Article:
Applications for permanent residency in South Africa are considered in terms of Section 26 (Direct Residency Permits) and Section 27 (Residency-on-Other-Grounds Permits) of the Immigration Act 2002 (Act No 13 of 2002), and read with Regulation 33 of the Immigration Regulations.
When it comes to granting Permanent Residency Permits, emphasis is placed on those immigrants who able to make a meaningful contribution to expanding the economic base of South Africa.
To make an application for a permanent residency permit, applicants must first submit representation to the Minister of Home Affairs explaining why he or she should be declared not to be an undesirable or prohibited person.
You could be considered a prohibited person if:
- You have a warrant of arrest against you or a conviction for torture, genocide, terrorism, drug trafficking, kidnapping, money laundering, or murder secured in South Africa or any country with which South Africa has frequent diplomatic relations
- You are infected with infectious diseases that are easily spread ie. cholera, pestilence, yellow fever and any other diseases as determined by the Department of Health.
- You supporter an organisation practising racial discrimination or social violence
- You are a member of an organisation using crime or terrorism in order to reach its goals
- You have previously been deported and have not been rehabilitated by the Department
You could be deemed to be rehabilitated if:
- you submit a sworn affidavit or solemn declaration that you will conform with the Act
- the Department has no reason to believe that you are inclined to violate the Act again
- you have not been within the Republic of South Africa for a period of 4 years or more
- alternatively, you may be deemed to be rehabilitated by paying a fine of R50 000 to the State (which may be reduced to R2000 if you paid for the cost of your deportation as well as all related costs).
You could be deemed to be an undesirable person if:
- It expected for you to become a public charge
- you are recognised by the Minister (after consultation with the Immigration Advisory Board) as undesirable or you have been declared incompetent
- you are a fugitive from justice
- you are an un-rehabilitated insolvent
- you have a prior criminal conviction without an option of a fine for conduct which would be a crime in South Africa (with the exclusion of some prescribed infractions).
It is only after the Minister of Home Affairs has professed a potential immigrant not to be a prohibited/undesirable person, that an application for permanent residency status can be submitted.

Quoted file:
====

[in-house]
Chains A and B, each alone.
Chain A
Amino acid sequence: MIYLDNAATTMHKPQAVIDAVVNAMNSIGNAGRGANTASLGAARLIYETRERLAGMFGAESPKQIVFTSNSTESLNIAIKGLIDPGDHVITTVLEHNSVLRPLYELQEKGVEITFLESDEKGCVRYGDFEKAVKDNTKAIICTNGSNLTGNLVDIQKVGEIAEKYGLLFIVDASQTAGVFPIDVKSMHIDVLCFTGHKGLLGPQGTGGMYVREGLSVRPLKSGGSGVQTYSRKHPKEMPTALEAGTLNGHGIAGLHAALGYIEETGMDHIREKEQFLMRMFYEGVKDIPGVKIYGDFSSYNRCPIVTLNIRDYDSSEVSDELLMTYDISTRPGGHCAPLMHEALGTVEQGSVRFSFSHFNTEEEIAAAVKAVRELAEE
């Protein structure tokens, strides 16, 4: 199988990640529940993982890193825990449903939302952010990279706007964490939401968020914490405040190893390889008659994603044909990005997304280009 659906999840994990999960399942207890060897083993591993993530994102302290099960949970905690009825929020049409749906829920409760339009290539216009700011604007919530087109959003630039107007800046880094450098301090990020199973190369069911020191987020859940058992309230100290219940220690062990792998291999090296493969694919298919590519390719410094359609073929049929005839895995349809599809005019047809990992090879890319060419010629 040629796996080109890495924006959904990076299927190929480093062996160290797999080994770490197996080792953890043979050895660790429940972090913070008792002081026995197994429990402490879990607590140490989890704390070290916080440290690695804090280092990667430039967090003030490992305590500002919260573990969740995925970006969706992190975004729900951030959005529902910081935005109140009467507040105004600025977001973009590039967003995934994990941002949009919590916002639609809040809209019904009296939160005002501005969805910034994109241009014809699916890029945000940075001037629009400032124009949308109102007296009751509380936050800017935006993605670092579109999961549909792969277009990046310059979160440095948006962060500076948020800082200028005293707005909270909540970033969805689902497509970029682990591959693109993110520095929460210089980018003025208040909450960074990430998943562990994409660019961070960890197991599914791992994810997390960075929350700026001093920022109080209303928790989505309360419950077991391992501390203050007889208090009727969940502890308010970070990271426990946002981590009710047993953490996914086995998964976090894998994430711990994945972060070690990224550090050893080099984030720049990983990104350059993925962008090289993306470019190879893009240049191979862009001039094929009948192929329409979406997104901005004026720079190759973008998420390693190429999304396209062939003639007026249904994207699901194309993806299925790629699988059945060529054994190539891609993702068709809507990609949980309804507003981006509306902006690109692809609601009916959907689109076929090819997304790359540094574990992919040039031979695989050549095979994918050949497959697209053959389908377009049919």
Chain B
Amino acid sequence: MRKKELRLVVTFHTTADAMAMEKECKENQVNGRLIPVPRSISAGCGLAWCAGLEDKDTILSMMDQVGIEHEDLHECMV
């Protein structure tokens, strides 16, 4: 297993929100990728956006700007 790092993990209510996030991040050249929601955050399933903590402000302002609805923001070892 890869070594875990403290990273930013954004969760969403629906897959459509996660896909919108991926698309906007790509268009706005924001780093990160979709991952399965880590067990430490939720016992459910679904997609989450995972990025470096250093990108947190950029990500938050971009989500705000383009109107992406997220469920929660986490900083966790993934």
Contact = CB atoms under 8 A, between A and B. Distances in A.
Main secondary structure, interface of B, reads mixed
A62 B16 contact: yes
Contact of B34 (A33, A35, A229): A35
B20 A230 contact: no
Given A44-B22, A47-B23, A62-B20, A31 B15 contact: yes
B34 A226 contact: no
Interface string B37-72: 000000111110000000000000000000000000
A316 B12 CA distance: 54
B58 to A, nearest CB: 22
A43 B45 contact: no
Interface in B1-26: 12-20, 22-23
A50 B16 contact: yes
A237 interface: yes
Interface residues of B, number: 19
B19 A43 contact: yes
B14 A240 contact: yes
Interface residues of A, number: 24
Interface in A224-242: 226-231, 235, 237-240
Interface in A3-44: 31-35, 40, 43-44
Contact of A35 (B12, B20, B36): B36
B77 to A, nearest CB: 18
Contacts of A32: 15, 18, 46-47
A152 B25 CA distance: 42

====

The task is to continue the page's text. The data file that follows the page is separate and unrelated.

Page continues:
Once you have received a positive response from the Minister of Home Affairs, you may submit a request for either a Direct Residency Permit or a Residency-on-Other-Grounds Permit.
You will be able to apply for all Permanent Residency Permits at the Department of Home Affairs, at the nearest office in province in which you intend to live and work. Otherwise, if you are based overseas, you will be able to apply at your nearest South African embassy, mission or consulate in the country in which you live.
An advocate, attorney or immigration practitioner can complete the application on your behalf (note that the immigration practitioner has to be registered with the Association of Immigration Practitioners of South Africa (AIPSA).
Where applicable, a non-refundable fee can be paid upon submission of your application (spouses as per Section 26(b), dependent as per sections 26(c) and refugees as per Section 27(d) are excluded).
Along with completing and submitting Form BI-947, you must provide the following:
- A full set of fingerprints
- A marriage certificate or proof of spousal relationship (if applicable)
- A divorce decree or proof of legal separation (if applicable)
- Proof of custody of a minor (if applicable)
- A death certificate for a deceased spouse (if applicable)
- The consent of parents or guardians in case of minors
- Proof of judicial adoption of a minor (if applicable)
- Police clearance certificates for all countries in which you resided for one year or longer since the age of eighteen
- A valid temporary residency permit (if currently in South Africa)
Additional documents are applicable to the various immigration categories and these are listed in the permanent residence application Form BI-947.